Marfa’s one ballot proposition will decide if city regains control of electric utility negotiations

MARFA — Along with voting to fill three seats on Marfa’s city council, residents will also find one proposition on the city ballot this year that will decide whether Marfa will once again have a say in negotiating rates, operations and services of electric utilities.

The city ballot is not combined like the federal and county ones, so residents of Marfa must head to a separate table in the USO Building to pick up their Marfa ballot.

The proposition reads, “Shall the City of Marfa reinstate its original jurisdiction over the rates, operations and services of electric utilities within the City’s municipal limits, so as to give the citizens of Marfa a greater voice in issues affecting their electric service, and to provide fair, just and reasonable rates and adequate and efficient electricity service within the City?”

This spring, council agreed to hire outside counsel from Lloyd Gosselink Attorneys at Law to get guidance on the upcoming AEP franchise agreement and a possible November ballot measure to take back the city’s rate-making authority. Christopher Brewster, a lawyer at Lloyd Gosselink, presented to council about what the ballot proposition could mean for Marfa.

This week, Brewster said the story begins at an unknown time: some years ago, Marfa, like many other small municipalities, voted to turn over its power to negotiate rates with the local electric utilities.

“Marfa is one of those instances where it happened so long ago – probably back in the 1970s – that no one I’ve spoken to knows for sure. I’ve not seen when it happened or how it happened, but my guess would be a very long time ago.”

Since then, rather than negotiating on their own behalf, the Public Utility Commission in Austin would do it for Marfa, working directly with AEP to settle various issues.

But for the first time, as far as Brewster and his colleagues can tell, a city is trying to wrest that power back into its own hands. And that requires a vote by the people of Marfa, the reason the ballot proposition is up for consideration this election season.

“This would be a new thing in the utility landscape in Texas,” Brewster told council. In fact, Marfa could be a pilot for other areas in Texas who have given up their jurisdiction.  “We have thought in our office that, if it can be proven that it can be done, there may well be interest elsewhere in the state.”

What does the power of negotiation actually mean for a city? It’s the benefit of local control, according to Brewster. “Marfa’s city council will have a greater say over rates and operation of AEP within the city limits of Marfa and that could come into play a number of ways.” Marfa will have a say about AEP’s electric rates from the beginning of negotiations, even though utilities will often appeal decisions to the Public Utility Commission in Austin eventually.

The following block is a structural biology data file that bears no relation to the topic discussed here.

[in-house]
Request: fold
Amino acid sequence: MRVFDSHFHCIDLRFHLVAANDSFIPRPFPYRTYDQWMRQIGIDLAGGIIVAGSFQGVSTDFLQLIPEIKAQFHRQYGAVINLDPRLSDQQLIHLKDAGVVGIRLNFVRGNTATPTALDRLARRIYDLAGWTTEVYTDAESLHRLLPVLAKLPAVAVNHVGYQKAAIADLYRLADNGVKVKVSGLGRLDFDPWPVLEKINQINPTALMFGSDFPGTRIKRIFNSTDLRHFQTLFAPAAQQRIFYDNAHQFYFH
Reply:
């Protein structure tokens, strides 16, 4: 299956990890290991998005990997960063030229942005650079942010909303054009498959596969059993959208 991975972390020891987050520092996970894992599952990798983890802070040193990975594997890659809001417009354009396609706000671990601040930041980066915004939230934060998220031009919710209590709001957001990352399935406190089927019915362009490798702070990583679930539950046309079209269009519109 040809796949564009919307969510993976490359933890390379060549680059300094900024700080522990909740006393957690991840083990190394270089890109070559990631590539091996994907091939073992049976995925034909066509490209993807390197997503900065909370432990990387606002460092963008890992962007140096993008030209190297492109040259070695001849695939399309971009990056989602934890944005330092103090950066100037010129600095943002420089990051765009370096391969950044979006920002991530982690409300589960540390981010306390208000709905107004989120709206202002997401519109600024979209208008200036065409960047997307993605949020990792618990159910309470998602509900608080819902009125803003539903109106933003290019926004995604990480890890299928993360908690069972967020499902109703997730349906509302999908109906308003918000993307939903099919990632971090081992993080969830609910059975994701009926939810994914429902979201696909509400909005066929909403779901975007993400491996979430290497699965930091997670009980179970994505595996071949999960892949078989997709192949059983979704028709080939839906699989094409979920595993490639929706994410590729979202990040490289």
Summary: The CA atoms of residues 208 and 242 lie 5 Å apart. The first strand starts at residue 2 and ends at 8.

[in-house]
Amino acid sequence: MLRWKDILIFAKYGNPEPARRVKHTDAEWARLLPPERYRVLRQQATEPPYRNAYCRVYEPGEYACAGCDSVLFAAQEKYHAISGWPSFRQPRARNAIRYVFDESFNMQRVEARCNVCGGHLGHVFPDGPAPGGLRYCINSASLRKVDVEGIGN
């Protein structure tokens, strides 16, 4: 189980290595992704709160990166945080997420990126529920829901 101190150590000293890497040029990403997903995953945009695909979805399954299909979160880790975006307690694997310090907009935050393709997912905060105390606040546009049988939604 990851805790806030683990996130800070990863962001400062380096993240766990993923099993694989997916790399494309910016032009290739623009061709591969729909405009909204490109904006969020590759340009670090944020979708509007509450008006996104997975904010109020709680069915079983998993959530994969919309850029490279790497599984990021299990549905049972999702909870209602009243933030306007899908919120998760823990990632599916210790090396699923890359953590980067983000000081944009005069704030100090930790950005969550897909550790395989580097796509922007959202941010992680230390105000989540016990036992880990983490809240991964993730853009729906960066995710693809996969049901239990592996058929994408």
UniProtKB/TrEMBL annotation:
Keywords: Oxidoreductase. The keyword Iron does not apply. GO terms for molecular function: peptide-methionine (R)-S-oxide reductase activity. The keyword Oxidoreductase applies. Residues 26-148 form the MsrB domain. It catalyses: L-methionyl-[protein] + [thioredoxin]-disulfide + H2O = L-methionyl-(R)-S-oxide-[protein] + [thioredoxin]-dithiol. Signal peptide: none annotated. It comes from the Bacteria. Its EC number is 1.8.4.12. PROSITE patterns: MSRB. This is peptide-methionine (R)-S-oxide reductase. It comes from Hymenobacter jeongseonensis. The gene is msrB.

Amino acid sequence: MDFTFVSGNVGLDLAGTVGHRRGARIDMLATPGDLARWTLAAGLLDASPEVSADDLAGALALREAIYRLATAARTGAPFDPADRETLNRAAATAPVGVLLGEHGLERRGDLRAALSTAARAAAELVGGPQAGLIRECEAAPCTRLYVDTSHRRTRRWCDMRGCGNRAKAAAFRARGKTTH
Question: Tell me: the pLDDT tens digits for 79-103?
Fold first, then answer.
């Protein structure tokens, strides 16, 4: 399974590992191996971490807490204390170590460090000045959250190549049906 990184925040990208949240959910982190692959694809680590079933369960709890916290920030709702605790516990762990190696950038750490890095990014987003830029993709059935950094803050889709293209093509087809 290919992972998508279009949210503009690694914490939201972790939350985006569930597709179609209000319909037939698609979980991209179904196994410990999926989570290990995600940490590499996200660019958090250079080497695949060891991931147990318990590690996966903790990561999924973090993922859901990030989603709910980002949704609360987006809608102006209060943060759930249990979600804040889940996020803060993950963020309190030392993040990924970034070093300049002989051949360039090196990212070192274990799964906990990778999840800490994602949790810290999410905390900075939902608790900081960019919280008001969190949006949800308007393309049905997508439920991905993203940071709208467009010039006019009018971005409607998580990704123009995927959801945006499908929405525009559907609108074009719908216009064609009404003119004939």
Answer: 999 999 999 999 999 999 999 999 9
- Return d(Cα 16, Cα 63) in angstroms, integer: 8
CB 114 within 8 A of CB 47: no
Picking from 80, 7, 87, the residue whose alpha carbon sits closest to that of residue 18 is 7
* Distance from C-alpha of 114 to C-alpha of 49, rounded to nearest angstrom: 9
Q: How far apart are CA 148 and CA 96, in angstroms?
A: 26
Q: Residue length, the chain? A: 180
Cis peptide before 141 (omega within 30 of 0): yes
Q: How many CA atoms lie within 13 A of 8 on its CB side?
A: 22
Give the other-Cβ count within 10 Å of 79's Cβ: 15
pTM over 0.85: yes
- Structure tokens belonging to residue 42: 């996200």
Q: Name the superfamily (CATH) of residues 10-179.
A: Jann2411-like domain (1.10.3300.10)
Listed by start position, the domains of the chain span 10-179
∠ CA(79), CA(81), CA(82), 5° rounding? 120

If Marfa residents reject the ballot proposal, things will stay the way they are currently. “Right now, AEP presents its case to all the cities that have retained their jurisdiction, and then also files the case at the PUC for all those areas that have either ceded jurisdiction or are in rural areas where there is no city,” said Brewster. Marfa falls in the latter category, but if the measure passes, it would join the cities who have jurisdiction, meaning AEP would have to state their case to Marfa council first.

“Once all the cities with jurisdiction rule on the case, typically AEP will appeal lthat ruling to the PUC, and the PUC bundles it all together and handles it in one case,” Brewster said.

Another outcome of rejecting the proposal is it would be one fewer item on the city council’s plate to deal with, leaving it all up to the PUC to work on utility prices and negotiations.

But many of the benefits of local control, should Marfa vote to have it, come from the city being able to deal directly with AEP. The city would be able to have more of a say about any potential service quality issues, citizen complaints about electric utility service or rate setting. One example given to council this spring was that utility companies often must trim trees in order to provide service – but oftentimes, citizens aren’t happy with how those trims happen, sometimes taking off more than necessary. Local control would give council more access to negotiating with AEP.

Brewster said ultimately, it is up to the voters to decide what role they, through their city government, are going to play in regulating electric utility service in the city.


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